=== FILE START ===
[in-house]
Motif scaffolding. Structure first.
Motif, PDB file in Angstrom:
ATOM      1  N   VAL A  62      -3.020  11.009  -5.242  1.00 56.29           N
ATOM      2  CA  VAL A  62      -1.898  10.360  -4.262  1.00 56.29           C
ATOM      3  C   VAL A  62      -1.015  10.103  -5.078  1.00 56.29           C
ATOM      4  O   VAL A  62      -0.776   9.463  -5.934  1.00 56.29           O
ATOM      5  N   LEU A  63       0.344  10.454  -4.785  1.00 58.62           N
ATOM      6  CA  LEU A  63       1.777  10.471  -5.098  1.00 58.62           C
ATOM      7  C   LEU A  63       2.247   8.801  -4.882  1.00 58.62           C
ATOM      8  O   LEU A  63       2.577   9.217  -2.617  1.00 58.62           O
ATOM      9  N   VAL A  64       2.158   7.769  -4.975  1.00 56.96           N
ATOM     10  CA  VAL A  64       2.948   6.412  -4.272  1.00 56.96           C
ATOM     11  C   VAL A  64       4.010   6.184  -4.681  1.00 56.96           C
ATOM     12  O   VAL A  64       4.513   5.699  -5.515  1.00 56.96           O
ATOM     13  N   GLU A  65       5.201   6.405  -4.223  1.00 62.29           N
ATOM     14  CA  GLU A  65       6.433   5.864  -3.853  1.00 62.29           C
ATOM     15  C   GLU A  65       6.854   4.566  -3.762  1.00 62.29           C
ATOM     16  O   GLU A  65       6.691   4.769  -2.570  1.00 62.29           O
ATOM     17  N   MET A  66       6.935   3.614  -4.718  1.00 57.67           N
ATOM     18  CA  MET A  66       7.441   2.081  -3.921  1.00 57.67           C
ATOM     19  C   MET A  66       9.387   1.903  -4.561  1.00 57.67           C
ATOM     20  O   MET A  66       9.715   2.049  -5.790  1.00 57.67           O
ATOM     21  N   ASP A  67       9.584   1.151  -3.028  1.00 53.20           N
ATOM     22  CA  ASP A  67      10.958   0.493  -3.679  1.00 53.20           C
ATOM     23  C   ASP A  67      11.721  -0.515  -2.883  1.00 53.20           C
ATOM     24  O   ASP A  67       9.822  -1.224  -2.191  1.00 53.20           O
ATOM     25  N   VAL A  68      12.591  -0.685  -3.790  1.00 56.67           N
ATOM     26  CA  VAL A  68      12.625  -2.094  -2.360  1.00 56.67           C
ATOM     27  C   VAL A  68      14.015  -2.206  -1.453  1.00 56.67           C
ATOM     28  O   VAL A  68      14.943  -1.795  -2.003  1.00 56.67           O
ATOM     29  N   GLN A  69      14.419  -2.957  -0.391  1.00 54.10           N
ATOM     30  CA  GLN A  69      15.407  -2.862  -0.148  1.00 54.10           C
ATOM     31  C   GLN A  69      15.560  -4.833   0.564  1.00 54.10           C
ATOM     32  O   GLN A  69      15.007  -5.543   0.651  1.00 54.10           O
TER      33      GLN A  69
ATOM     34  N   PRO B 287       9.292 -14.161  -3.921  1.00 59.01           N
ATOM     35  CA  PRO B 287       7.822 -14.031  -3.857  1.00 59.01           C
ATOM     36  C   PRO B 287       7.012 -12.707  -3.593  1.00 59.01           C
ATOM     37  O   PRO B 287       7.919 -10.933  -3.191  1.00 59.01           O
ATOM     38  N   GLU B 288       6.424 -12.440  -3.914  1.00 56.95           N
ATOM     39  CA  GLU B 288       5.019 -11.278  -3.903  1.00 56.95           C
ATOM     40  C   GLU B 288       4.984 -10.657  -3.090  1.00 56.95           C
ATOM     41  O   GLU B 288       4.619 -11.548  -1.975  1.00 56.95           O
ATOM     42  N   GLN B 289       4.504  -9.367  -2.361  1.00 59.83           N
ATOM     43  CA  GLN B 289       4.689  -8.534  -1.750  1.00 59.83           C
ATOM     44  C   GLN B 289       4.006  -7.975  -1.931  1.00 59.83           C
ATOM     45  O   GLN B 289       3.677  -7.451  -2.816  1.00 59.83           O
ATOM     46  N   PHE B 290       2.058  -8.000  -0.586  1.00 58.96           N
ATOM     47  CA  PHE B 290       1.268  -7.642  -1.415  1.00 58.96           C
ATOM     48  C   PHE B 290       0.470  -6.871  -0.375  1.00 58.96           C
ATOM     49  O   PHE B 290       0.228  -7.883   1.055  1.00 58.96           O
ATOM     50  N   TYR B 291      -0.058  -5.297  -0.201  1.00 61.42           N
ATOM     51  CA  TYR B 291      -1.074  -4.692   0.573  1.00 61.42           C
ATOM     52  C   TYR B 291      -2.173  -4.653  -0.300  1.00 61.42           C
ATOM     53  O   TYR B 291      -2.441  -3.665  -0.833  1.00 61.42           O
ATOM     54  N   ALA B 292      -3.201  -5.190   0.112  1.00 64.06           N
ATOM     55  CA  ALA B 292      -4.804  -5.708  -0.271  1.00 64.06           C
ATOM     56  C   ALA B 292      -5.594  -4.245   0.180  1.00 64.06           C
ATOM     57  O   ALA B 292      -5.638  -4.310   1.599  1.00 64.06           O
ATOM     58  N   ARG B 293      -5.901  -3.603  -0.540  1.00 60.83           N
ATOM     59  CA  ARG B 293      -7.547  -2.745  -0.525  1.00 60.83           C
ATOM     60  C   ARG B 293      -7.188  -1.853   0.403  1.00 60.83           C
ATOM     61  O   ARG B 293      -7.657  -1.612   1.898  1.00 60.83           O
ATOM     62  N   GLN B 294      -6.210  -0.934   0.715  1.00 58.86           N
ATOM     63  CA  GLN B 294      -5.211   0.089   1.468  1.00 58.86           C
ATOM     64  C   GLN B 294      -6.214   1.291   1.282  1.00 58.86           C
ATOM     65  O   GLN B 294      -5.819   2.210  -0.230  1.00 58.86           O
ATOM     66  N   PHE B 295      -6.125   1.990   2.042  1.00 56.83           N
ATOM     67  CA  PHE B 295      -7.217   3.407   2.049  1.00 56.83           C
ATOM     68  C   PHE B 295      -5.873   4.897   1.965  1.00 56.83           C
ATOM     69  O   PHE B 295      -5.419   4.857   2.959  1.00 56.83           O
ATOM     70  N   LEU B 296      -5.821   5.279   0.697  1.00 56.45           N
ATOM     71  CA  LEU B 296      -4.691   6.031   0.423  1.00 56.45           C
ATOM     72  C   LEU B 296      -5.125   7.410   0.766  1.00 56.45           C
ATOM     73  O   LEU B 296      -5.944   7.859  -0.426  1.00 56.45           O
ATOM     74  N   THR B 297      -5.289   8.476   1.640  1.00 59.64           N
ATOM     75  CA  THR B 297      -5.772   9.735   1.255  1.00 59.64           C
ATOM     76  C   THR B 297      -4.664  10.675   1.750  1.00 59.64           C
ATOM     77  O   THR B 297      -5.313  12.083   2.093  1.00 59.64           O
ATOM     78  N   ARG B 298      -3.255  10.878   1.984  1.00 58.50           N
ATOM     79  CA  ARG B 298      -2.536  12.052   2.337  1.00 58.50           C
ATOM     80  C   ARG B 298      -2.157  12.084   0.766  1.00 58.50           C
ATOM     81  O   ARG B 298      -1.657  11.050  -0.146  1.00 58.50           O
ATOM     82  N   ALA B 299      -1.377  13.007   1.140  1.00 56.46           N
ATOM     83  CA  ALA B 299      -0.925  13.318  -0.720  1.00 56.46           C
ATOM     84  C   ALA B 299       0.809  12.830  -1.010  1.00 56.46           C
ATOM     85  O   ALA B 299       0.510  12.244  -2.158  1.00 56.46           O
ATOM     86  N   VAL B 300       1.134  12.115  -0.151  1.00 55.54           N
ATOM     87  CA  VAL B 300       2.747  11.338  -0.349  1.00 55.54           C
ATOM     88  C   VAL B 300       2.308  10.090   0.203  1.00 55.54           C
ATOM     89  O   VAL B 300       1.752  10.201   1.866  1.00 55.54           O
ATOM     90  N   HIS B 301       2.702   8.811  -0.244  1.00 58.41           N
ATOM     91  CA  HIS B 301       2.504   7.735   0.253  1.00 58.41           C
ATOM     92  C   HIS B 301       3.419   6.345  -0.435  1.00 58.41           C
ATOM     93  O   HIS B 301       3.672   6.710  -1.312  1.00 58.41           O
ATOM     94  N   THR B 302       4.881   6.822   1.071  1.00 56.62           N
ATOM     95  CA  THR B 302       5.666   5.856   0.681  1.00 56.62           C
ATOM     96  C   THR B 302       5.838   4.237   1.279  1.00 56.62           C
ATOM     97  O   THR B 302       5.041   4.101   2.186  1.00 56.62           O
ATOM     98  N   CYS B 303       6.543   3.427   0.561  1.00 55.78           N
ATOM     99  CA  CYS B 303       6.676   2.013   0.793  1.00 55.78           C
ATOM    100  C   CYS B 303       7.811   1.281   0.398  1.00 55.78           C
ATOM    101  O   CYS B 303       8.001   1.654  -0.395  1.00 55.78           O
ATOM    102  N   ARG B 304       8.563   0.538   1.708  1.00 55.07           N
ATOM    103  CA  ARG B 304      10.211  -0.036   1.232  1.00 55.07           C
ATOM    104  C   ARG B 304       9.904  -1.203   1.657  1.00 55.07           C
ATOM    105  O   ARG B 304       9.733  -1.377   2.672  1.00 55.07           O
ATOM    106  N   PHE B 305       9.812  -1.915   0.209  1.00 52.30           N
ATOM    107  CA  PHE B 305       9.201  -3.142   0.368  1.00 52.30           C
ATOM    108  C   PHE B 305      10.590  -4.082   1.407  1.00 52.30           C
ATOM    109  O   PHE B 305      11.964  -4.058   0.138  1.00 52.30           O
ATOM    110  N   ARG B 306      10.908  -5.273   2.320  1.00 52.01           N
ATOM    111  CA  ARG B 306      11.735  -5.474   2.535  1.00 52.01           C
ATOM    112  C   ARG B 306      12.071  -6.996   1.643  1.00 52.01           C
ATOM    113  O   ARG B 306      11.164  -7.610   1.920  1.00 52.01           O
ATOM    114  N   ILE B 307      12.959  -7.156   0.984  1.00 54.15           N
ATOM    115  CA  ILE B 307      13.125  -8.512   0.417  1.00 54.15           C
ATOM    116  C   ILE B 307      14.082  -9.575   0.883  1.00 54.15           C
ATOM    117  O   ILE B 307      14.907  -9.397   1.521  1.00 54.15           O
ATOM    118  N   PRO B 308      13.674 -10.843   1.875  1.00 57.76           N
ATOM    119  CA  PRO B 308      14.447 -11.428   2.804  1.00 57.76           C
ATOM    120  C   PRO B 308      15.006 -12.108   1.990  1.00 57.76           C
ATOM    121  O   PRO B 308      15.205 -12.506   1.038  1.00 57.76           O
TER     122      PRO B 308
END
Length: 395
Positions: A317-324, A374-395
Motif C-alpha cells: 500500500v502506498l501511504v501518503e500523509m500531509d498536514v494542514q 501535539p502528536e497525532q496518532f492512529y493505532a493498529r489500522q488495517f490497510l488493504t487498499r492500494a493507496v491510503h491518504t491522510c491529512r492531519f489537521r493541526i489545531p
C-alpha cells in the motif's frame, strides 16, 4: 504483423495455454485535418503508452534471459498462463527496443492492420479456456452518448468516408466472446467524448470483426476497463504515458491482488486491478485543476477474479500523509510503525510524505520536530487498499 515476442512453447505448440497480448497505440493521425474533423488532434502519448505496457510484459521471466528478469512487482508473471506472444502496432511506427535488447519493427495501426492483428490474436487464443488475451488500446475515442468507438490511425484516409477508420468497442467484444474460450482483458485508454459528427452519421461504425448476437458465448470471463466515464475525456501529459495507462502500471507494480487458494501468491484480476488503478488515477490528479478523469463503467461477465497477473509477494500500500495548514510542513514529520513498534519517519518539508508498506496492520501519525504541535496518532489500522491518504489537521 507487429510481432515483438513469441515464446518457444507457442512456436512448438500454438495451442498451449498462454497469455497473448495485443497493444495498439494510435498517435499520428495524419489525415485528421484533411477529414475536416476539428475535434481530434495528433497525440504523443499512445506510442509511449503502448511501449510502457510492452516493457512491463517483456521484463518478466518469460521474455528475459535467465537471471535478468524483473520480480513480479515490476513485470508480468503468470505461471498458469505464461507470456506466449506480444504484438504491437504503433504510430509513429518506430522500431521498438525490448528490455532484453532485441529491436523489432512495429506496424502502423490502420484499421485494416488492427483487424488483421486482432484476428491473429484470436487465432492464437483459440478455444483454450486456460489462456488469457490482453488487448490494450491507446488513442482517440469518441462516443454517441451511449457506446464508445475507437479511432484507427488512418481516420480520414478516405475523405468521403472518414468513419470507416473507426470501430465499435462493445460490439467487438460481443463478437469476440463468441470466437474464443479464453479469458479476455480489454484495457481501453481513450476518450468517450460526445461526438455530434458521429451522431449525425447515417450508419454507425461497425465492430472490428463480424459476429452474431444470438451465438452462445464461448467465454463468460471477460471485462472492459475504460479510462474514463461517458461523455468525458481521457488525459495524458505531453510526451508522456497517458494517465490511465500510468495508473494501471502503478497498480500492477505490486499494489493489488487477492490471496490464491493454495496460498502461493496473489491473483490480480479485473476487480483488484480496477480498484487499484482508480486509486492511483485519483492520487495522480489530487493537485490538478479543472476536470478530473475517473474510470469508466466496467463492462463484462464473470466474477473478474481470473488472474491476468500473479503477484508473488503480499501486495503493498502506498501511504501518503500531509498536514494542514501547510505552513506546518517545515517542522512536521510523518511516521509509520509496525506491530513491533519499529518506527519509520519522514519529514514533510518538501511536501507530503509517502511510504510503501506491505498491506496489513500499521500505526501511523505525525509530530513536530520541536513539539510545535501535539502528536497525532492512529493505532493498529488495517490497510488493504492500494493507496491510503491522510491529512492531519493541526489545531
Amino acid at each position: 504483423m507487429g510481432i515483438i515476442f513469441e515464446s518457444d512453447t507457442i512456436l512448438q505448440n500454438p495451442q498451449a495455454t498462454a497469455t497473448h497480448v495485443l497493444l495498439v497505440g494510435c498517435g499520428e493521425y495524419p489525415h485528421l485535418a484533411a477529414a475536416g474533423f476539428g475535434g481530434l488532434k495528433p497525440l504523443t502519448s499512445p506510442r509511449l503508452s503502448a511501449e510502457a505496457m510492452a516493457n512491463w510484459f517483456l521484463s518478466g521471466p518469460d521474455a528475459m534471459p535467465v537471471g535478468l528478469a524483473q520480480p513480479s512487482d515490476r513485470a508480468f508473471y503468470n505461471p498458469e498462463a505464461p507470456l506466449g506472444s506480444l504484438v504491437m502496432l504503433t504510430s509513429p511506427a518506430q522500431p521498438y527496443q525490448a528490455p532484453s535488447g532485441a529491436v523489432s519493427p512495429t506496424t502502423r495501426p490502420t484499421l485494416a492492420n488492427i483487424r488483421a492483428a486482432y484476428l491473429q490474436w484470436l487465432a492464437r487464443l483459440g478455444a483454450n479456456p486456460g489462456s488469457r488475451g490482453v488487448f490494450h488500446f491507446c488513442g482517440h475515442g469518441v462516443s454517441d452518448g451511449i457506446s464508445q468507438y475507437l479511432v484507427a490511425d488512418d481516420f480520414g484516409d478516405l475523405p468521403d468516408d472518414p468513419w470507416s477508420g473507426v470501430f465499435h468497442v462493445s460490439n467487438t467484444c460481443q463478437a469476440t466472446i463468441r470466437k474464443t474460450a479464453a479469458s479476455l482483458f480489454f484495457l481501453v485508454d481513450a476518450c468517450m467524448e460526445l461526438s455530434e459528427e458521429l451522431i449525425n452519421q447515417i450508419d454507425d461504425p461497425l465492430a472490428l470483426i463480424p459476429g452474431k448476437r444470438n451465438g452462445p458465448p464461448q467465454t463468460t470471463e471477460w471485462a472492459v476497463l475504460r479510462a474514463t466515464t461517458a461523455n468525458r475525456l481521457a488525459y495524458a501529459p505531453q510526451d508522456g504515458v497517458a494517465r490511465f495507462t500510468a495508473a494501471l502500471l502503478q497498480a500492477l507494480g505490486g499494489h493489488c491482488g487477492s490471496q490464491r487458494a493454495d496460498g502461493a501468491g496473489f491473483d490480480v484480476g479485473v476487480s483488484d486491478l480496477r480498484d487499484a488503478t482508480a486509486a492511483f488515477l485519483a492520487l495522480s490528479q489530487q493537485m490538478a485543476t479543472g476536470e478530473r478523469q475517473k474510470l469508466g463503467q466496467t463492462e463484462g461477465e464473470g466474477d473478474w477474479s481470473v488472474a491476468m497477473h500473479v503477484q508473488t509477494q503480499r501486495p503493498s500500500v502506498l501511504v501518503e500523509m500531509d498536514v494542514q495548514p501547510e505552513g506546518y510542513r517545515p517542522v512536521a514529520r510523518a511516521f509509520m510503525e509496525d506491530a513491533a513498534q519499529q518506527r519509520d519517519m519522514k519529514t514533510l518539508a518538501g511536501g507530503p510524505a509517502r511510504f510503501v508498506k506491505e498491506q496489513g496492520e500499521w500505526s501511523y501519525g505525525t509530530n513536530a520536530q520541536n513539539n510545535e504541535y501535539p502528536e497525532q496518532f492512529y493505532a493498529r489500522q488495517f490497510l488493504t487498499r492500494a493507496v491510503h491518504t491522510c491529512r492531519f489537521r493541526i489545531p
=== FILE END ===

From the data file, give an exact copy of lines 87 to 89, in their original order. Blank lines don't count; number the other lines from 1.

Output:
ATOM     84  C   ALA B 299       0.809  12.830  -1.010  1.00 56.46           C
ATOM     85  O   ALA B 299       0.510  12.244  -2.158  1.00 56.46           O
ATOM     86  N   VAL B 300       1.134  12.115  -0.151  1.00 55.54           N